Lloyds Banking Group is introducing spot checks on brokers to ensure that customers with interest-only mortgages have a way of repaying their loan.
The lender has written to brokers telling them that it plans to randomly select mortgages they have arranged and ask them to provide evidence that the repayment vehicle customers said they had in place actually exists.
The move is the latest part of a strategic review the group is carrying out on interest-only mortgages.
Earlier this year it announced that it would be charging people with interest-only mortgages 0.2% more than those with repayment ones.
It has also reduced the repayment vehicles that it considered acceptable for interest-only mortgages, to exclude the sale of a business, an inheritance or the sale of the property against which the mortgage is secured.
Instead, customers must show they have an endowment, an equity ISA or other investment in place to repay their loan.
They can also show that they will use a pension, savings or money from the sale of a second home in the UK to clear the balance.
Unlike repayment mortgages, under which homeowners gradually repay the money they have borrowed, on interest-only ones borrowers only make payments to cover the interest they are charged.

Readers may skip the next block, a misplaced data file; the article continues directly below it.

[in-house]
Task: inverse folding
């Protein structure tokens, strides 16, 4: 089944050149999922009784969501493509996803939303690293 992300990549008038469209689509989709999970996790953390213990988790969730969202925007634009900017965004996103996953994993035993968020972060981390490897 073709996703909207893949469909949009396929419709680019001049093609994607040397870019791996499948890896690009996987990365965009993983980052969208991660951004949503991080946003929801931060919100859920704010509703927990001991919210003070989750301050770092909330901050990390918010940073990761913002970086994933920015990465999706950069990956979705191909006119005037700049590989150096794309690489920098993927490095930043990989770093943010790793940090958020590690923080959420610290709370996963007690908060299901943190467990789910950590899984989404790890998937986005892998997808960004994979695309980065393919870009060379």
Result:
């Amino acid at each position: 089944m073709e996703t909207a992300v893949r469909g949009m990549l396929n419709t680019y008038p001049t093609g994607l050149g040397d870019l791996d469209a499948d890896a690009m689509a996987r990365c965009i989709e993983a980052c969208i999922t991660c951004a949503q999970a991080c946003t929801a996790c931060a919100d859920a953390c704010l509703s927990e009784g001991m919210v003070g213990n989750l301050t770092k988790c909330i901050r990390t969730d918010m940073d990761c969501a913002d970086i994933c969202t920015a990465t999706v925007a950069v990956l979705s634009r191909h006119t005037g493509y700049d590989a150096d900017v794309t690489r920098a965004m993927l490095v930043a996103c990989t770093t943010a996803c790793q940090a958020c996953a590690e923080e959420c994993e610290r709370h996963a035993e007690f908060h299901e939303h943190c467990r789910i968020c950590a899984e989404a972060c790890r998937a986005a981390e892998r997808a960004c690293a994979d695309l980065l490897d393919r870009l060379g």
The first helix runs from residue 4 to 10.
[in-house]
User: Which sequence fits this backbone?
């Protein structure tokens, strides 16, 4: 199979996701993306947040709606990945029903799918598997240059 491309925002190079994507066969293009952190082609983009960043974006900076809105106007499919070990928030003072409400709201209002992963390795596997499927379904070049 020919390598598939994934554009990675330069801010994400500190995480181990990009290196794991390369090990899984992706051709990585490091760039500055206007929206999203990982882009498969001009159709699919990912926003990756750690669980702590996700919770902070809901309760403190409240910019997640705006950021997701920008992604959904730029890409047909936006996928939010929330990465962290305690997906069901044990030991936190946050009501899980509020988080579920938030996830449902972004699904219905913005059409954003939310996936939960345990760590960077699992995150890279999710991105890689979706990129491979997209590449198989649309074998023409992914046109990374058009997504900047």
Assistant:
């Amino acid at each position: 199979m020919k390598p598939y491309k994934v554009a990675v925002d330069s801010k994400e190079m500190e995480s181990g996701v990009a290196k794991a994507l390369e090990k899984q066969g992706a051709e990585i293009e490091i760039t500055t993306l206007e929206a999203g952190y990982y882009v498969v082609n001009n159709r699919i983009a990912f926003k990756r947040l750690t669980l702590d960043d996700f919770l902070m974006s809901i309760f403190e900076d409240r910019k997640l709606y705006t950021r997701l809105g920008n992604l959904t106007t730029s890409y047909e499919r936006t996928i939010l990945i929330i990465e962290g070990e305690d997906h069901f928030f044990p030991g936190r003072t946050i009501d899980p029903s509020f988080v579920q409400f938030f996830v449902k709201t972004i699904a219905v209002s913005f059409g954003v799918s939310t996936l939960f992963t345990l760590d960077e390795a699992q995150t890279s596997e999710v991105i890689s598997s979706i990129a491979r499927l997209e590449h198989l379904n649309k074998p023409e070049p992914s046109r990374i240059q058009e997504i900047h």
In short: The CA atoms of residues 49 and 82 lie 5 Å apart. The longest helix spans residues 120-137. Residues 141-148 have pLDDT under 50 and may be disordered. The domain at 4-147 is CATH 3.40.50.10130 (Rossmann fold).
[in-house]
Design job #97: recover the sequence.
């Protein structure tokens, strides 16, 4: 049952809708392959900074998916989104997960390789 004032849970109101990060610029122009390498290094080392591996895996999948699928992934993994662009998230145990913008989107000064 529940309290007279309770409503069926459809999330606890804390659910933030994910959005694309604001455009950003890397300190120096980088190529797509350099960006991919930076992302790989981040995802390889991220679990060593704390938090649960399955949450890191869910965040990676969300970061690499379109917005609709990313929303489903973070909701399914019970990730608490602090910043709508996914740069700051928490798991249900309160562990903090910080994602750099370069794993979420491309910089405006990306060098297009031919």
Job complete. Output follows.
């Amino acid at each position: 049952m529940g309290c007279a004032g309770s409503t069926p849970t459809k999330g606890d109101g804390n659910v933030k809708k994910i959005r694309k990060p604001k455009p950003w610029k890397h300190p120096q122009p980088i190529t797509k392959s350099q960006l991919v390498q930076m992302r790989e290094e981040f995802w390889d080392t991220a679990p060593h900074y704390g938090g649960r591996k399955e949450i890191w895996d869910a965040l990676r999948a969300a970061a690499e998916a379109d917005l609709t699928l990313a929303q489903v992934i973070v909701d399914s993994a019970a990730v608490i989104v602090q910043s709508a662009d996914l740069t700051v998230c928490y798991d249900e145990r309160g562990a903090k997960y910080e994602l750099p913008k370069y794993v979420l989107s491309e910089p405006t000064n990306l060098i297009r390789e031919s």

But people are expected to have some way of repaying the money they have borrowed at the end of the mortgage term, usually by putting the money they have saved on monthly repayments into some kind of investment.
The Financial Services Authority recently signalled that it planned to introduce tougher regulations for interest-only loans.
These will include making lenders assess affordability for the loans on a repayment rather than an interest-only basis.
The regulator has not set out its full proposals on the area yet, but it is also expected to call on lenders to check that borrowers have a repayment plan in place on an annual basis, while they may have to check that it is on track to pay off the mortgage every five years.
But the Council of Mortgage Lenders recently warned that if the FSA does push ahead with these rules, interest-only mortgages are likely to disappear from the market in the future.
The group said lenders would not want the extra administrative costs of checking an investment, or the "unmanageable regulatory risk" surrounding the performance of investments that were outside of their control.
Only 17% of mortgages for house purchase were taken out on an interest-only basis during July, down from a peak of 83% in 1988.